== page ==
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Anyone can suffer from stress either physically or mentally. This article will cover the mental stress people face today.  It is a circumstance recognised as an uncontrollable threat to a person’s health and well-being. At LECC, our responses to stress have evolved because it is important for survival in dangerous and hostile environments. Based on experimental and research evidence, this article will examine how mental stress affects the cardiovascular system.

 Here are some of the outcomes of mental stress:

  1. Elevated sympathetic activity, or the fight or flight response, initiates increased blood pressure levels and accelerates pulse rates.
  2. Reduced insulin sensitivity and intolerance to glucose and diabetes.
  3. Increased blood clotting, as well as blood vessel dysfunction.
  4. Decreased blood supply to the heart.

Researchers have found a strong link between mental stress and a trigger of coronary heart disease, particularly in cases of advanced hardening of the coronary or heart arteries also known as coronary atherosclerosis.


In What Way Can Stress Affect Blood Sugar Levels and Blood Pressure?

Increased glucose intolerance or insulin insensitivity can be caused by mental stress. And as a result, diabetes increases the risk of coronary heart disease, and the elevated risk associated with mental stress may be worsened by diabetes.  Yet, there are only a few medical studies that have actually investigated how much mental stress contributes to mortality and the development of cardiovascular disease.

One of the potential reasons for the excess risk of heart attack associated with mental stress is the effect this stress has on increased blood pressure levels and heart rates by increasing the body’s fight or flight activities.

The arteries that supply the heart with oxygen and nutrients tend to be more sensitive to atherosclerosis in people who have higher blood pressure in response to mental stress. Research has shown these patients continue to experience the hardening of these arteries.

As a result of stress, blood pressure can increase both immediately and over time. The tension one experiences during a moment of fear or anxiety, which is often referred to as immediate stress or acute stress. Acute stress can significantly spike a quick and large increase in blood pressure and heart rate. However, it is usually short-lived and only lasts for a few days. When dealing with anxiety, patients who have high blood pressure commonly experience symptoms such as dizziness, palpitations, and headaches. Amongst the general population, panic attacks are not uncommon but are more frequently experienced by individuals with high blood pressure.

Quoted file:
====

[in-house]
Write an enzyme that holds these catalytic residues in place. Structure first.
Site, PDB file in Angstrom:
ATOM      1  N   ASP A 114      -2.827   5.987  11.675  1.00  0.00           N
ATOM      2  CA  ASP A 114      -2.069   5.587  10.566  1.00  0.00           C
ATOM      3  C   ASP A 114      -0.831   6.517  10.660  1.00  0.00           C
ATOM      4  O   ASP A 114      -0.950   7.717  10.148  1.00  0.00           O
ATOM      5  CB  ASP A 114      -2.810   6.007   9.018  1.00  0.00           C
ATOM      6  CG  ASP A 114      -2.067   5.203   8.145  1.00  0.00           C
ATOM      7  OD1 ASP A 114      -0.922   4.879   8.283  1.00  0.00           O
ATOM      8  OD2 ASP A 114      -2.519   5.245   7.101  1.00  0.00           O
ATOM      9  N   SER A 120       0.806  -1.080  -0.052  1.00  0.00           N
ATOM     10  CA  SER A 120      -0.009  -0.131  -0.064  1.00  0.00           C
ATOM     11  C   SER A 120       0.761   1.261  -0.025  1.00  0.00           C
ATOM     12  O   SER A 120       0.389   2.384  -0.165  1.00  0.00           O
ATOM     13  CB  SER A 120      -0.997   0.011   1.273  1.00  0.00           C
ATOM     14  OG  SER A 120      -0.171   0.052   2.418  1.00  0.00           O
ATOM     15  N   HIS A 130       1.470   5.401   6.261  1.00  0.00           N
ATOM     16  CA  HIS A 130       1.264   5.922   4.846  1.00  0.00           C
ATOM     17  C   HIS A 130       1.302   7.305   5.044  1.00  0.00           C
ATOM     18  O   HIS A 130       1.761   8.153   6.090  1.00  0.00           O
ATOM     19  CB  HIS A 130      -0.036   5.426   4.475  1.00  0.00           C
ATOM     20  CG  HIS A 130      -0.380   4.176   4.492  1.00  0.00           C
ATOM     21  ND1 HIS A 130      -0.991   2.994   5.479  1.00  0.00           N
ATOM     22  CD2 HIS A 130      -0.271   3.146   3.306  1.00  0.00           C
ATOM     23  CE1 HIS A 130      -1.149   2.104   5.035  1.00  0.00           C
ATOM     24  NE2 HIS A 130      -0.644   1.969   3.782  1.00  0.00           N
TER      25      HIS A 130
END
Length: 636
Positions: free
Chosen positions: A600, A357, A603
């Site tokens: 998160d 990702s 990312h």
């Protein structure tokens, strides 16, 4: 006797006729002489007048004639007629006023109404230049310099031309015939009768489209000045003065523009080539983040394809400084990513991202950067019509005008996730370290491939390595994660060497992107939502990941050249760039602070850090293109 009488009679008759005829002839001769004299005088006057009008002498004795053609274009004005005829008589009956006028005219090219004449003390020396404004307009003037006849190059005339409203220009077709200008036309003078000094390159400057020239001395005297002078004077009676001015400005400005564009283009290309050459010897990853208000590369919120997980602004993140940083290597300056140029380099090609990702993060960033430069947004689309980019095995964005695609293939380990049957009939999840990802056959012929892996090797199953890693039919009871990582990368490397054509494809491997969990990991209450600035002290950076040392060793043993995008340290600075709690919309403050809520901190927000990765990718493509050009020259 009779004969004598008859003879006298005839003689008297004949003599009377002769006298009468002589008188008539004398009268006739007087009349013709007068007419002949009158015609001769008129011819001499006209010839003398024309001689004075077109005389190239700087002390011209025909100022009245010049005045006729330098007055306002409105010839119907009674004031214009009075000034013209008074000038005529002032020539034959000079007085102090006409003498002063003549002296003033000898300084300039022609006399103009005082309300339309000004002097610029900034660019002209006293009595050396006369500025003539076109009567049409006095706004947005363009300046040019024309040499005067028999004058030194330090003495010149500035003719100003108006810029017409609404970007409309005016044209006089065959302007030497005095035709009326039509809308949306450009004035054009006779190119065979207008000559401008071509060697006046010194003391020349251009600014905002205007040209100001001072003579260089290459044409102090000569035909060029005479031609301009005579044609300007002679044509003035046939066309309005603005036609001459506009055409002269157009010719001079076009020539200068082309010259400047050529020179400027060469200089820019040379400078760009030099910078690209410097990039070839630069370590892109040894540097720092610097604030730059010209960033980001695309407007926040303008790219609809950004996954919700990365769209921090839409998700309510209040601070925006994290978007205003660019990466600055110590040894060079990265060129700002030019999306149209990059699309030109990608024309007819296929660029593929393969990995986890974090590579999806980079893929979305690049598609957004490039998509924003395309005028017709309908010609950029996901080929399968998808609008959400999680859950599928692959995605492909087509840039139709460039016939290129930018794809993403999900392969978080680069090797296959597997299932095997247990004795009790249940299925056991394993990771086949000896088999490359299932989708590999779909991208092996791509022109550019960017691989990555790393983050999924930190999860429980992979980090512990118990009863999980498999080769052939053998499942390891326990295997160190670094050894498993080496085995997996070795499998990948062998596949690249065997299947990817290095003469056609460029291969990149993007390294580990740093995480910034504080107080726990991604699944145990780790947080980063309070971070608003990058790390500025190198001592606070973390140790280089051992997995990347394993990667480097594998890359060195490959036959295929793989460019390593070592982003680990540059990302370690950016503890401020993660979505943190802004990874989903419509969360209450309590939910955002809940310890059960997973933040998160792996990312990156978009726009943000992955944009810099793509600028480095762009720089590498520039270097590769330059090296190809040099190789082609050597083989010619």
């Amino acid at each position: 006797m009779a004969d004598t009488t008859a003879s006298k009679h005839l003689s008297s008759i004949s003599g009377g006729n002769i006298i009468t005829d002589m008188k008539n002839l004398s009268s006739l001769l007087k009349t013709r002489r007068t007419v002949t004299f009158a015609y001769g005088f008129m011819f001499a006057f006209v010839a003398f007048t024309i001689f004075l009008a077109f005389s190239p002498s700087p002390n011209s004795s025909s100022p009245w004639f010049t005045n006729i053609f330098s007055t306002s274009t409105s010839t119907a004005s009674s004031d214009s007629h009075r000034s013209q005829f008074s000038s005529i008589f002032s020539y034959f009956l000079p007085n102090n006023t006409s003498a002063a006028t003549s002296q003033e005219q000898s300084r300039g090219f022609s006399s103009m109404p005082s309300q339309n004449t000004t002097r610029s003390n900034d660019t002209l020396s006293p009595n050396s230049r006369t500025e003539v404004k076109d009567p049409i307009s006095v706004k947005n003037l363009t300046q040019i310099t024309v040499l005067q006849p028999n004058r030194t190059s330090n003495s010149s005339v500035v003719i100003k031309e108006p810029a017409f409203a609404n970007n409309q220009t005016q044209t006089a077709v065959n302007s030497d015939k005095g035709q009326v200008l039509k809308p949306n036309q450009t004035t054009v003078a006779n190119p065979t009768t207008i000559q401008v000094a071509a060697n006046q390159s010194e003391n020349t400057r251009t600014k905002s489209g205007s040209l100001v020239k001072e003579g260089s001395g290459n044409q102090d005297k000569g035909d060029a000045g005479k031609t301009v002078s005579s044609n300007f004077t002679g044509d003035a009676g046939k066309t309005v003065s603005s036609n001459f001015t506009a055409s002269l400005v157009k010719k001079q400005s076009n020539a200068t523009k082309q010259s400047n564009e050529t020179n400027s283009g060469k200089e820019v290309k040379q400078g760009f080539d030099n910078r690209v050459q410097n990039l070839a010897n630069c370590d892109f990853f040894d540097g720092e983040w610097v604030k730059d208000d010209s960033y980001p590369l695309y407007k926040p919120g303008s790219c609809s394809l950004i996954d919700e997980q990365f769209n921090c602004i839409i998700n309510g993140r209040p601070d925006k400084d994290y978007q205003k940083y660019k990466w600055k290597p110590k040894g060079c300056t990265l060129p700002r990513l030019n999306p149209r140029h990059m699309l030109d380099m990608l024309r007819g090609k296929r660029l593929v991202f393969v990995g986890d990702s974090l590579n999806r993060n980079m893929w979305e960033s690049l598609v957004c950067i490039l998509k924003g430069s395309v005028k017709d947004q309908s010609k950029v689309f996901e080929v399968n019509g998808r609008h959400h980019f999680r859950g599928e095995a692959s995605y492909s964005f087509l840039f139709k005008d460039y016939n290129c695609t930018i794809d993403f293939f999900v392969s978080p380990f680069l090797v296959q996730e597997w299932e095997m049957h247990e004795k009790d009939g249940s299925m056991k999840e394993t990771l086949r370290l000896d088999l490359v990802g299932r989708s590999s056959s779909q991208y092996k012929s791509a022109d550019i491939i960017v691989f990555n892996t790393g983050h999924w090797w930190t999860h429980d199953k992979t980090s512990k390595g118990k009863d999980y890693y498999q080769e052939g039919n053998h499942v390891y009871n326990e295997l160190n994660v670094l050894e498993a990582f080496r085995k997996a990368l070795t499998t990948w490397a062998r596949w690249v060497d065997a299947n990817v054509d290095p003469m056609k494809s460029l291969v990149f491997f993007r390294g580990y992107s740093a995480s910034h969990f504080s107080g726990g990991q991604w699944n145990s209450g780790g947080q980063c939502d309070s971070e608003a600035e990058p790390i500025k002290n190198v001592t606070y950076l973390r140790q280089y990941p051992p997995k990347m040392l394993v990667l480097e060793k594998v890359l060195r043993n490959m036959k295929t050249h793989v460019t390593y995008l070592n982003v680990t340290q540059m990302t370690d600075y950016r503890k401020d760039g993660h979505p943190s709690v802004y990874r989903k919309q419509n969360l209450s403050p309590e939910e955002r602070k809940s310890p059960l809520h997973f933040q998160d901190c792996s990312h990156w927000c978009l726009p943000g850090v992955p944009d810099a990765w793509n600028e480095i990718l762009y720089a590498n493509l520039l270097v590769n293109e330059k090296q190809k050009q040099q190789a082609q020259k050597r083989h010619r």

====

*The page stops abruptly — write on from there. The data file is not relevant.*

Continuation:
Partly because chronic stress is difficult to measure, it’s difficult to determine whether chronic stress contributes to elevated blood pressure levels. The perception of stress is very subjective and experiences that may be stressful for one person may not be as stressful to the next.

Research has shown that when “stressed” people migrate from a traditionally structured environment to a less secure urban lifestyle, their blood pressure is likely to increase. Factors such as time urgency and hostility, play a significant role in increased blood pressure.

Occupational strain is one of the best-studied examples of chronic mental stress, defined by a combination of high demands and low control at work.  Researchers suggest that chronic stress can result in a reset of our blood pressure to a higher level, men who work in high-strain jobs have elevated blood pressure not only at work but now also during sleep. In women, this effect is less evident.


Controlling your stress

There is good news in that improving one’s physical health can boost one’s resistance to mental stress. Below are some methods to do this.

  1. Exercise regularly. To reduce or prevent the effects of stress, physical activity is essential. Take a minimum of 30 minutes of exercise three times a week.
  2. Eat a balanced diet. Fruits, vegetables, and unprocessed foods should be included in one’s diet. Cut back on caffeine and sugar intake.
  3. Get enough sleep.
  4. Meditate.
  5. Relaxation techniques such as massage, deep breathing, or acupuncture are known to help.
  6. Avoid alcohol, cigarettes, and illegal drugs. The use of alcohol or drugs to self-medicate can look like a quick and easy way to relieve stress, but this form of relief is only short-lived.

Placing preventive measures are the best form of action. Through better stress management and prevention, one can effectively modify cardiac risk factors and thereby strengthen the heart.